Industry News

Coding Bootcamp Creates Scholarship for Women in Tech

By eLearning Inside
October 18, 2017

Over the past three years, the Silicon Valley has been at the heart of multiple gender-based controversies.  As company after company has come forward with their numbers, the reason is obvious. Across the board from Google and Apple to Facebook and Yahoo, in the tech sector, women are consistently under represented as employees. When you eliminate non-tech positions (e.g., administrative, retail, and marketing roles), the disparity is even greater. As of 2014, only 15% of tech jobs were occupied by women at Facebook and Yahoo and at Twitter the split was even worse (only 10% of tech positions were occupied by women).

While the problems certainly reach beyond education, part of the problem is the talent pipeline: Women account for only 18.1% of students in bachelor’s computer science programs. To help train more women for positions in tech, Bloc, a San Francisco-based online coding bootcamp, announced this week that it is setting aside $1 million to support scholarships for women.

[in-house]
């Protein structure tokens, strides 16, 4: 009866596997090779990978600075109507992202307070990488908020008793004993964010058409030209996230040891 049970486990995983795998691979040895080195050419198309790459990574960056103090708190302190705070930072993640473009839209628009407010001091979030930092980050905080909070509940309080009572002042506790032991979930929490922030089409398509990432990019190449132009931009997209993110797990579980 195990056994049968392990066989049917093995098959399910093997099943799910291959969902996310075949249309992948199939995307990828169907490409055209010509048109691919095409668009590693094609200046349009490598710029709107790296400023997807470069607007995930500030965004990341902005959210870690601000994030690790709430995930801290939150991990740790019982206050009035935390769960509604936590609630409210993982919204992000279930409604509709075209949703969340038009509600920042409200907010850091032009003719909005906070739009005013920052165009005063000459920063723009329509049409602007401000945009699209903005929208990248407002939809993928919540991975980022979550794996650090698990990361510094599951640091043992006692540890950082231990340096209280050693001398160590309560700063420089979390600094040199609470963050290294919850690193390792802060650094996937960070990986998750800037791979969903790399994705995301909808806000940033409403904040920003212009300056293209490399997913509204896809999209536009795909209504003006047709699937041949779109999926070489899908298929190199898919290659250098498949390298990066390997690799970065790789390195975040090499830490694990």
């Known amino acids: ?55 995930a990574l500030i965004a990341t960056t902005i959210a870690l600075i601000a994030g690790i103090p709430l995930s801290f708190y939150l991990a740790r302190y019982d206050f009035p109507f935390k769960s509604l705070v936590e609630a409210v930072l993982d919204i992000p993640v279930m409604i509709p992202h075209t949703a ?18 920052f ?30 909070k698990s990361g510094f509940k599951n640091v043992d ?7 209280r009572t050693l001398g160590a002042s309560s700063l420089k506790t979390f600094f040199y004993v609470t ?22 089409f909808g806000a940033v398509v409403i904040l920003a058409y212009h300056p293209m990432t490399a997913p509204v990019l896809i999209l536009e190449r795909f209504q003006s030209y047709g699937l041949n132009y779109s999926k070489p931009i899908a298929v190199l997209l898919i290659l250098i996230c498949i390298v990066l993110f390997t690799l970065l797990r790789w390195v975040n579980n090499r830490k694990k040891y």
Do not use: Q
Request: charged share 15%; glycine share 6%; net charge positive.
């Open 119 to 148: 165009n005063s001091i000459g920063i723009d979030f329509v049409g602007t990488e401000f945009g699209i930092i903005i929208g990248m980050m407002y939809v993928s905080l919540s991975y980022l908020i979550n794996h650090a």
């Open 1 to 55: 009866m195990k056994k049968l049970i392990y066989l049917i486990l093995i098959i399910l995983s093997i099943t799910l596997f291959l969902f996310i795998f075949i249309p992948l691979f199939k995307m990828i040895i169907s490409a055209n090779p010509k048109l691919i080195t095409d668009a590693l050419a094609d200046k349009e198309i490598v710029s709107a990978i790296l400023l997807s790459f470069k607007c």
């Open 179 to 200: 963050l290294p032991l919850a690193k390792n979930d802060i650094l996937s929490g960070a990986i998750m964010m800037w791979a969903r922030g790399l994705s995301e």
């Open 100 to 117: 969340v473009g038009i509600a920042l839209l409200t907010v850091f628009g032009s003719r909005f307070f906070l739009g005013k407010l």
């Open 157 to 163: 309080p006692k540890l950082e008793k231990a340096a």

The Close the Gap Scholarship Fund

Bloc Close the Gap ScholarshipBloc’s Close the Gap Scholarship Fund is designed to make tuition for its part-time coding bootcamps more affordable to women. As stated in a press release issued earlier this week, “Bloc believes that to overcome the gender gap, tech training must become more affordable and accessible to women, including working women hoping to retrain for higher paying jobs in tech.” As part of the effort to raise the number of women in tech, Bloc is inviting eligible female applicants to apply to the Close the Gap scholarship (currently worth 40% of tuition) towards one of two eligible Bloc programs: Bloc’s Part-Time Web Developer Track (originally $8,800) or Designer Track (originally $9,800).

Clint Schmidt, Bloc CEO, explains why Bloc started the scholarship: “Serving thousands of students, we’ve become familiar with the obstacles that still face women pursuing careers in tech. Some of these obstacles are based on misinformation about what it takes to succeed in the field. Others are based on real constraints, including lack of money and time. Our scholarship is part of a broader effort to dismantle these obstacles.”

Bloc’s Commitment to Supporting Women in Tech

While the Close the Gap Scholarship is new, Bloc’s commitment to women in tech is not. In fact, in 2016, women already accounted for 39% of Bloc’s successful students and by the end of 2018, Bloc hopes to raise this to 50%.  The reasons why women opt in to Bloc’s online coding and designer bootcamp programs at a much higher frequency than they opt to enrol in traditional computer science programs are diverse.